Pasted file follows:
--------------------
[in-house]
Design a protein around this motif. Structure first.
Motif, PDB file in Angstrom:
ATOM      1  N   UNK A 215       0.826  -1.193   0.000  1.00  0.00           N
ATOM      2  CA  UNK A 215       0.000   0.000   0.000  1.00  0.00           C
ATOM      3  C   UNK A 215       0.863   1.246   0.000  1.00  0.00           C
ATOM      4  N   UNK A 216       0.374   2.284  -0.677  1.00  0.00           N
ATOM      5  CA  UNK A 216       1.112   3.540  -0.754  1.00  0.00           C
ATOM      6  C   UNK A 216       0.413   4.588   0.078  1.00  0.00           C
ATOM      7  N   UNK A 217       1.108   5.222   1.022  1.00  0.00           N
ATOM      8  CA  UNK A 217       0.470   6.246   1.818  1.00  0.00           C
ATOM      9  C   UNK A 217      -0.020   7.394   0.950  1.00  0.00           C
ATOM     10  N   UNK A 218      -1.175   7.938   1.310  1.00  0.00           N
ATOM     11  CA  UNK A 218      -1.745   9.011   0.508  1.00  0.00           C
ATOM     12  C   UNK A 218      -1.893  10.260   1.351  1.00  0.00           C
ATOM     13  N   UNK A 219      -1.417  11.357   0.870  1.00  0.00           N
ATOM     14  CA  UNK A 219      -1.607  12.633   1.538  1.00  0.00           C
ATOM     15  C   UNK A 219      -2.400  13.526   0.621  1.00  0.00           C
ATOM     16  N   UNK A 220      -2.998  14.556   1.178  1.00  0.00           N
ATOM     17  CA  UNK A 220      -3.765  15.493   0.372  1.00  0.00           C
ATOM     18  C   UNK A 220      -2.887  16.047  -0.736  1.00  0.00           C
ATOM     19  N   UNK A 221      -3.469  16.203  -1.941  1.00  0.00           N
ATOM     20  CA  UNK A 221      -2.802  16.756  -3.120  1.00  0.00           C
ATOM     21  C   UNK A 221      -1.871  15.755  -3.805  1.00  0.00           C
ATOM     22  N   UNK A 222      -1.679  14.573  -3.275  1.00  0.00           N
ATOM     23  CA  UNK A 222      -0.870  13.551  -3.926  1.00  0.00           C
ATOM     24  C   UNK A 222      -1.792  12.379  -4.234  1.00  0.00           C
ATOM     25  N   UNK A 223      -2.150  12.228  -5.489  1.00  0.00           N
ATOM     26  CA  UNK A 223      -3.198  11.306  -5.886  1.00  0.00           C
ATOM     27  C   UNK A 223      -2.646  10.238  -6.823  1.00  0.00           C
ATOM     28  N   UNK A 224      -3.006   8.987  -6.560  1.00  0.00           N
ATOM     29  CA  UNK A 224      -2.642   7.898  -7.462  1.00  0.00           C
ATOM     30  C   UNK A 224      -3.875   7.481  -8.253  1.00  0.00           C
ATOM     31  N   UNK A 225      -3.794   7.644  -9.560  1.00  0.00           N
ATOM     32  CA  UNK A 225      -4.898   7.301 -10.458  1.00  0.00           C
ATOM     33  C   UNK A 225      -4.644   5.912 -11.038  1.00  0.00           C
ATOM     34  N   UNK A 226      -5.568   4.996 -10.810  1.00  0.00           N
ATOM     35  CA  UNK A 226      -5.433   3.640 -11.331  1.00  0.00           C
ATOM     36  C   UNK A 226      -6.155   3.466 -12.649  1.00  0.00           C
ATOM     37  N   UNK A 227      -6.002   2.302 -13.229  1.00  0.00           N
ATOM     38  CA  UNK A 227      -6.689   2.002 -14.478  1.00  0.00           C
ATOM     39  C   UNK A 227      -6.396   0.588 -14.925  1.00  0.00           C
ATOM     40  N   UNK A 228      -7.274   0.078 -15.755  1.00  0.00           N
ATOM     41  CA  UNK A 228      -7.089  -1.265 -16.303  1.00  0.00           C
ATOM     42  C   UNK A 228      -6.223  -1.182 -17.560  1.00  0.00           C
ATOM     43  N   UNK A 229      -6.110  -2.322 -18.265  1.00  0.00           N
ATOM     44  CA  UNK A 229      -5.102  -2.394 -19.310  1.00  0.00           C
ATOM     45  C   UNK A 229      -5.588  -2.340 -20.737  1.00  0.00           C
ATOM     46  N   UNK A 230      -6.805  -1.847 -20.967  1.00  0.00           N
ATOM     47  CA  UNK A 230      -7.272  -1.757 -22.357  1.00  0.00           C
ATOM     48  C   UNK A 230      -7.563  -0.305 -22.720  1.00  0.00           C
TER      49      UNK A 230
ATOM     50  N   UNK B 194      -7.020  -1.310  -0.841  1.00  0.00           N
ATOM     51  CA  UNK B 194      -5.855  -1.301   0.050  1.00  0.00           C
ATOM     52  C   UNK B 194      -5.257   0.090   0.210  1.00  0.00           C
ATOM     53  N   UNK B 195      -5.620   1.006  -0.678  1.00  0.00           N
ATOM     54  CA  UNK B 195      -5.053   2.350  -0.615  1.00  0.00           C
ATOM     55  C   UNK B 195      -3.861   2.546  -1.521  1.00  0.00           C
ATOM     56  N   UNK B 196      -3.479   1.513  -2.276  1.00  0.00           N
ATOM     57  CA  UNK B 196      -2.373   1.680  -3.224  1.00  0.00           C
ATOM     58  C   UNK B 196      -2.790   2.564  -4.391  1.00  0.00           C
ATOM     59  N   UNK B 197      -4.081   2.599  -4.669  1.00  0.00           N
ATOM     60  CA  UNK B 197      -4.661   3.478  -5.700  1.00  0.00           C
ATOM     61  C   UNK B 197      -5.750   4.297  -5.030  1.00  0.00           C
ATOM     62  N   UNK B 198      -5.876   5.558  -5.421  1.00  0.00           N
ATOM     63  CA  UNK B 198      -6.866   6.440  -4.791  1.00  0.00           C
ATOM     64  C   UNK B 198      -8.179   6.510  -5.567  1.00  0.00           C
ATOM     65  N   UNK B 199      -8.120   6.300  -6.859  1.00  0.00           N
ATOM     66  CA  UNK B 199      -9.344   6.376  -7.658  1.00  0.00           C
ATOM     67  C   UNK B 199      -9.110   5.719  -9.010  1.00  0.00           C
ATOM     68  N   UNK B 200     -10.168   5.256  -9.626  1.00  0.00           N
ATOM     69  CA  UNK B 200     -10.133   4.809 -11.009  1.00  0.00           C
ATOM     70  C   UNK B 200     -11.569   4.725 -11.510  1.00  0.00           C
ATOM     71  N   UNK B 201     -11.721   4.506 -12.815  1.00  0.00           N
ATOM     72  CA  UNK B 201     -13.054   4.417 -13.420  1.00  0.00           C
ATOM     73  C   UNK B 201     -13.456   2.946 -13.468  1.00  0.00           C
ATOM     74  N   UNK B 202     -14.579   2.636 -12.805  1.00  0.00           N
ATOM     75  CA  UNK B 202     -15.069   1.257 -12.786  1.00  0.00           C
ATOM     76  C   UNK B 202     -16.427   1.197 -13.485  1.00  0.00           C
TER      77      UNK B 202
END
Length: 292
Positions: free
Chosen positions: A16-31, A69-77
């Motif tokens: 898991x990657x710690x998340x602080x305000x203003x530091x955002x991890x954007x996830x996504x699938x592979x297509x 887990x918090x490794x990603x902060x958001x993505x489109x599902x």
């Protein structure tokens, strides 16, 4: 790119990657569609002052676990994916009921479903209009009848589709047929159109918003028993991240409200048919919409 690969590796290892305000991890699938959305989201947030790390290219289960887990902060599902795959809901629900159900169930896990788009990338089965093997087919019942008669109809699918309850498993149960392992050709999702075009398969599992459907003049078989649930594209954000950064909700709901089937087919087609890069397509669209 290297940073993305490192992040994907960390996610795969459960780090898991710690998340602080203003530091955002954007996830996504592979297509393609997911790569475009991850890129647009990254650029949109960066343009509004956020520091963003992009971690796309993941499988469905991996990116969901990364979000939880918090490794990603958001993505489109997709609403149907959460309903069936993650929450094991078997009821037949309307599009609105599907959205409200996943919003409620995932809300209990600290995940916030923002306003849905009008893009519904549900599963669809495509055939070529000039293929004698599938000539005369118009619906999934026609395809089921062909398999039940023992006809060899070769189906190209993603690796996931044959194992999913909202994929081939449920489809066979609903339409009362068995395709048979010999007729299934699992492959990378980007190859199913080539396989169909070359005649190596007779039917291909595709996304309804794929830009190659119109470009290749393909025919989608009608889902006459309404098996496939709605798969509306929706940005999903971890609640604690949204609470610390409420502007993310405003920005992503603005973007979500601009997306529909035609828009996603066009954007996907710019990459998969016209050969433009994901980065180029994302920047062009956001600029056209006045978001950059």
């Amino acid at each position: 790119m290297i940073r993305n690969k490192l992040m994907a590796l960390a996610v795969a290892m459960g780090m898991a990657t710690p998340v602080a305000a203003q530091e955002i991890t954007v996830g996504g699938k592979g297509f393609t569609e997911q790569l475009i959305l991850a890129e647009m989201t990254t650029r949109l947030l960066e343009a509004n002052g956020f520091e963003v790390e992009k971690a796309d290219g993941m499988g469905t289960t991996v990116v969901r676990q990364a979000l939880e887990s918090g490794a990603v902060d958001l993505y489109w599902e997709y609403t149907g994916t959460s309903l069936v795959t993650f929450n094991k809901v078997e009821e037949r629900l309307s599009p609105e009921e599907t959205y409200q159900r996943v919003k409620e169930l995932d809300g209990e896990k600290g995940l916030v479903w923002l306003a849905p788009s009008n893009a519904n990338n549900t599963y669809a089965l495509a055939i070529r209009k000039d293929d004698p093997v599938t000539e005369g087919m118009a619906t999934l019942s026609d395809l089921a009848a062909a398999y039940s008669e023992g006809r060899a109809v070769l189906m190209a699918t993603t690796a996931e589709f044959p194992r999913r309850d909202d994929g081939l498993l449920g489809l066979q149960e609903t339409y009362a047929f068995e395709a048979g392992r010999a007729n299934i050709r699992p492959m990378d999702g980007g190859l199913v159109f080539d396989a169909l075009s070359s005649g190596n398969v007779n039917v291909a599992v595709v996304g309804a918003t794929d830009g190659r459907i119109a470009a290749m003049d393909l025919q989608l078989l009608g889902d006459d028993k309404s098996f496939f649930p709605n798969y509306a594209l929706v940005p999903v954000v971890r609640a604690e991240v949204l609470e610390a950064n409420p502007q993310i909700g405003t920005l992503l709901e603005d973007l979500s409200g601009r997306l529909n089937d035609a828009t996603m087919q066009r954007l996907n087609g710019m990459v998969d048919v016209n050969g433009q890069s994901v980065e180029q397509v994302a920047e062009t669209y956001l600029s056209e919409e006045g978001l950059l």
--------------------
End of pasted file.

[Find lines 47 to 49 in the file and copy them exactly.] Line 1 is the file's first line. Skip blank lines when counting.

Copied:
ATOM     44  CA  UNK A 229      -5.102  -2.394 -19.310  1.00  0.00           C
ATOM     45  C   UNK A 229      -5.588  -2.340 -20.737  1.00  0.00           C
ATOM     46  N   UNK A 230      -6.805  -1.847 -20.967  1.00  0.00           N